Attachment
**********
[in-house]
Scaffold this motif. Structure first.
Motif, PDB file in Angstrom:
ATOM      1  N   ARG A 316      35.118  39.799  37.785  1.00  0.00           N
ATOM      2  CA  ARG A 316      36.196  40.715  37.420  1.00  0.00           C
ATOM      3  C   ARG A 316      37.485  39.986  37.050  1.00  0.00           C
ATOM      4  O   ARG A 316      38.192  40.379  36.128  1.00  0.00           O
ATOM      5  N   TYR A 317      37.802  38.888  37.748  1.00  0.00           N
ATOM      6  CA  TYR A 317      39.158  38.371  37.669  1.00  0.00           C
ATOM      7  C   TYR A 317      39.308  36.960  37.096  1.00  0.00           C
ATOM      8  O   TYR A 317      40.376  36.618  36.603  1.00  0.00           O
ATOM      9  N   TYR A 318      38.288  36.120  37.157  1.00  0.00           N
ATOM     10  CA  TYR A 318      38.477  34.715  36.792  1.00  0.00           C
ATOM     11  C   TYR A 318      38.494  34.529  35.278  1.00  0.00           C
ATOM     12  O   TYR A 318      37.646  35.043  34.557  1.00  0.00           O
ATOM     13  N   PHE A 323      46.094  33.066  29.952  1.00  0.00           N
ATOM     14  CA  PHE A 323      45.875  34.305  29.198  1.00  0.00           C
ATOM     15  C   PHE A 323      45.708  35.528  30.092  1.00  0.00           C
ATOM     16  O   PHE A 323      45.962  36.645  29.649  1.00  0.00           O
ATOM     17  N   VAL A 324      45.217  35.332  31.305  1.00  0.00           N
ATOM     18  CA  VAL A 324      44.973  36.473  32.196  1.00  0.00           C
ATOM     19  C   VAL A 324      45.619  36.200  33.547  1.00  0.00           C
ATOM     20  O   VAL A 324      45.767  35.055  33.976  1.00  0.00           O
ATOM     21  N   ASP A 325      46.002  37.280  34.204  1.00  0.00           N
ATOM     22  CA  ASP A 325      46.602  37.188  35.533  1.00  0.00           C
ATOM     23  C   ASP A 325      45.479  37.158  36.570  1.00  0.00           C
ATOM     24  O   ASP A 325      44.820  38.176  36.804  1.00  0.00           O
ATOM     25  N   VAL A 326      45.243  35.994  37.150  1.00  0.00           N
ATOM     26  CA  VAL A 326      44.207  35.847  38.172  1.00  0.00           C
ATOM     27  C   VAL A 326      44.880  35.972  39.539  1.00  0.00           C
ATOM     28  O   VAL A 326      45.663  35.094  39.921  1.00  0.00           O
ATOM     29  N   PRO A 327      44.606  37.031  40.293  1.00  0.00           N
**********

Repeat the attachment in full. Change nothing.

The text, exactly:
[in-house]
Scaffold this motif. Structure first.
Motif, PDB file in Angstrom:
ATOM      1  N   ARG A 316      35.118  39.799  37.785  1.00  0.00           N
ATOM      2  CA  ARG A 316      36.196  40.715  37.420  1.00  0.00           C
ATOM      3  C   ARG A 316      37.485  39.986  37.050  1.00  0.00           C
ATOM      4  O   ARG A 316      38.192  40.379  36.128  1.00  0.00           O
ATOM      5  N   TYR A 317      37.802  38.888  37.748  1.00  0.00           N
ATOM      6  CA  TYR A 317      39.158  38.371  37.669  1.00  0.00           C
ATOM      7  C   TYR A 317      39.308  36.960  37.096  1.00  0.00           C
ATOM      8  O   TYR A 317      40.376  36.618  36.603  1.00  0.00           O
ATOM      9  N   TYR A 318      38.288  36.120  37.157  1.00  0.00           N
ATOM     10  CA  TYR A 318      38.477  34.715  36.792  1.00  0.00           C
ATOM     11  C   TYR A 318      38.494  34.529  35.278  1.00  0.00           C
ATOM     12  O   TYR A 318      37.646  35.043  34.557  1.00  0.00           O
ATOM     13  N   PHE A 323      46.094  33.066  29.952  1.00  0.00           N
ATOM     14  CA  PHE A 323      45.875  34.305  29.198  1.00  0.00           C
ATOM     15  C   PHE A 323      45.708  35.528  30.092  1.00  0.00           C
ATOM     16  O   PHE A 323      45.962  36.645  29.649  1.00  0.00           O
ATOM     17  N   VAL A 324      45.217  35.332  31.305  1.00  0.00           N
ATOM     18  CA  VAL A 324      44.973  36.473  32.196  1.00  0.00           C
ATOM     19  C   VAL A 324      45.619  36.200  33.547  1.00  0.00           C
ATOM     20  O   VAL A 324      45.767  35.055  33.976  1.00  0.00           O
ATOM     21  N   ASP A 325      46.002  37.280  34.204  1.00  0.00           N
ATOM     22  CA  ASP A 325      46.602  37.188  35.533  1.00  0.00           C
ATOM     23  C   ASP A 325      45.479  37.158  36.570  1.00  0.00           C
ATOM     24  O   ASP A 325      44.820  38.176  36.804  1.00  0.00           O
ATOM     25  N   VAL A 326      45.243  35.994  37.150  1.00  0.00           N
ATOM     26  CA  VAL A 326      44.207  35.847  38.172  1.00  0.00           C
ATOM     27  C   VAL A 326      44.880  35.972  39.539  1.00  0.00           C
ATOM     28  O   VAL A 326      45.663  35.094  39.921  1.00  0.00           O
ATOM     29  N   PRO A 327      44.606  37.031  40.293  1.00  0.00           N